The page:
Why the FDA is going after natividemic medicine

On March 8, the Food and Drug Administration (FDA) will start the public comment period for a new rule that will require doctors to inform patients that their flu shot may be linked to the spread of the pandemic, according to Reuters.

The rule is expected to be issued in the next few weeks.

In a statement, the FDA said the rule “provides clear guidance that nativiral therapies, including shots that contain the flu vaccine, are not linked to an increased risk of developing the pandemics coronavirus and SARS coronavosis.”

It also said the guidance “provide[s] clarity to physicians, health care providers, patients, and the public about the risks and benefits of the influenza vaccine.”

But critics of the rule say it will cause unnecessary pain and unnecessary suffering for patients, including by making it harder for them to receive needed flu shots.

“This is the wrong direction to go,” said Michael Greger, president of Americans for Vaccine Choice, a group that backs vaccination.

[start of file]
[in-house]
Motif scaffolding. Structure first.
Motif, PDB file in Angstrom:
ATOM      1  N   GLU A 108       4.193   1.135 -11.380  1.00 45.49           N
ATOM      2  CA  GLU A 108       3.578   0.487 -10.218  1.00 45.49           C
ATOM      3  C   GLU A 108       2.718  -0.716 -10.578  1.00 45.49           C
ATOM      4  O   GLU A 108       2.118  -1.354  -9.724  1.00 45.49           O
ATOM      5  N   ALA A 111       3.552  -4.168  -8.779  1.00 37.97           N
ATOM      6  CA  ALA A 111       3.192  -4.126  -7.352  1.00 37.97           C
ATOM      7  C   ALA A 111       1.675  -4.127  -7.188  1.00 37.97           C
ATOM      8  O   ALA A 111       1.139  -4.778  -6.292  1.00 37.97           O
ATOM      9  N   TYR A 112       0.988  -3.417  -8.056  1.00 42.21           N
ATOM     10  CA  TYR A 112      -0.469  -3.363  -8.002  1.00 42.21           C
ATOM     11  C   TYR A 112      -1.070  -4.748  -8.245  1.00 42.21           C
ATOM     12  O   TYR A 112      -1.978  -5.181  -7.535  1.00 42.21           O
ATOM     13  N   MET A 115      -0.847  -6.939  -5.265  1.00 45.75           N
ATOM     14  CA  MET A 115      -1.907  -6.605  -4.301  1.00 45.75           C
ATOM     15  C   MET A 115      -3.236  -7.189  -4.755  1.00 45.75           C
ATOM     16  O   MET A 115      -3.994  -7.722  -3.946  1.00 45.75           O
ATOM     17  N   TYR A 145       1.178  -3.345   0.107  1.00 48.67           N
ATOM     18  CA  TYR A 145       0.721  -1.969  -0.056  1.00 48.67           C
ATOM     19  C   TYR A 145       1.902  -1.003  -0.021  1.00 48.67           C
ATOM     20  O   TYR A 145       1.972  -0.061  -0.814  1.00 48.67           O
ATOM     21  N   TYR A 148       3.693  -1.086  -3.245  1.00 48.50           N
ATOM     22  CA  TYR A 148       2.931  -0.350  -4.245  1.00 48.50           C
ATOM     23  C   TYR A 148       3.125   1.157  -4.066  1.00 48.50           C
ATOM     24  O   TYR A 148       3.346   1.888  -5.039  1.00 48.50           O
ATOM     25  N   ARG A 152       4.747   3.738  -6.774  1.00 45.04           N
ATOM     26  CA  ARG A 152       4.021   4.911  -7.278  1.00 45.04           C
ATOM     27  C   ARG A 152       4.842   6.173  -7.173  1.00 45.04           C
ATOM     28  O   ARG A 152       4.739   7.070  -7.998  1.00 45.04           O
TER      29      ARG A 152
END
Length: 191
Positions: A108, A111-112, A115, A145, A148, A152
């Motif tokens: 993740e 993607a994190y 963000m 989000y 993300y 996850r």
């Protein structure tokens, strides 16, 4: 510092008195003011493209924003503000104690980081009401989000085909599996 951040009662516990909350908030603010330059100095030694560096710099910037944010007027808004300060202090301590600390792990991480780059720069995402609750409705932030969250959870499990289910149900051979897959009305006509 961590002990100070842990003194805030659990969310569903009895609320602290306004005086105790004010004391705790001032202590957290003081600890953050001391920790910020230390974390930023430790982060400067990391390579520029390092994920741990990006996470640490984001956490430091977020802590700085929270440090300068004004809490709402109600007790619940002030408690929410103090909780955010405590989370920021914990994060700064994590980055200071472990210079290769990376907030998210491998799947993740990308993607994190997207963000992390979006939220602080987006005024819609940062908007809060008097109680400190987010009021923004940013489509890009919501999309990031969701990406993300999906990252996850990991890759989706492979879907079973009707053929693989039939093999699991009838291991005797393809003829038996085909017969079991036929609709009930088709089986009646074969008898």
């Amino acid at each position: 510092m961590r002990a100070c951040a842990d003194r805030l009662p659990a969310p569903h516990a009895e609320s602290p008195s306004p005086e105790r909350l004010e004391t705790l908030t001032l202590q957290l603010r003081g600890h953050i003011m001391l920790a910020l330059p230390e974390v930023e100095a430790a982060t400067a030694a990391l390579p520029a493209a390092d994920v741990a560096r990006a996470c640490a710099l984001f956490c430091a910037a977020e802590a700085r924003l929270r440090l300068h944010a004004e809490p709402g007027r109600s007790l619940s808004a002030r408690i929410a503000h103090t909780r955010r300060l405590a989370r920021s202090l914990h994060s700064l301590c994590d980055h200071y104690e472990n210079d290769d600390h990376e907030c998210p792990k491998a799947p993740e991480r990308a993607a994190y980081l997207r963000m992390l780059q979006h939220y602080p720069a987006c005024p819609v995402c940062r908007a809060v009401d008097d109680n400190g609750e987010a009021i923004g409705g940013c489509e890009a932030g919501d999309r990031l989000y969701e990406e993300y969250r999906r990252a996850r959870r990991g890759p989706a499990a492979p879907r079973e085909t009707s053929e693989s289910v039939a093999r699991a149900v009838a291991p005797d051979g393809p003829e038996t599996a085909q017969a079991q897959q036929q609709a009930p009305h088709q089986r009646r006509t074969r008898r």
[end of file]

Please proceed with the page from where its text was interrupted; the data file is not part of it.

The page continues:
“They’re making it impossible for a person to get a flu shot.

That’s the bottom line.”

The rule also includes a provision that would make it easier for patients who don’t have insurance coverage to get flu shots if they can show they can afford it.

The proposed rule was submitted to the FDA by the American College of Physicians, which has called on the agency to update its guidance to “include additional information about the benefits and risks of flu shots and influenza vaccination.”

Greger noted that the proposal is meant to be “as transparent as possible” so that doctors can “communicate clearly with patients.”

The FDA is currently reviewing comments on the proposal, which is due to be voted on by the agency’s medical staff.

“It’s very important that we get this right,” Greger said.

The American College has been a vocal critic of the proposed rule.

In October, the group filed a public interest lawsuit challenging the new regulation.

The FDA has not yet responded to a request for comment from The Associated Press.

“There’s been an avalanche of misinformation about the influenza pandemic and the need for flu shots,” Greer said.

“I’m sure the FDA will be happy to make the necessary adjustments to the proposal so that people who want to get vaccinated can do so.”

The Centers for Disease Control and Prevention (CDC) and the National Institutes of Health (NIH) are leading efforts to educate Americans about the flu and to help prevent coronaviruses and Sars.

The agency also has a flu advisory committee.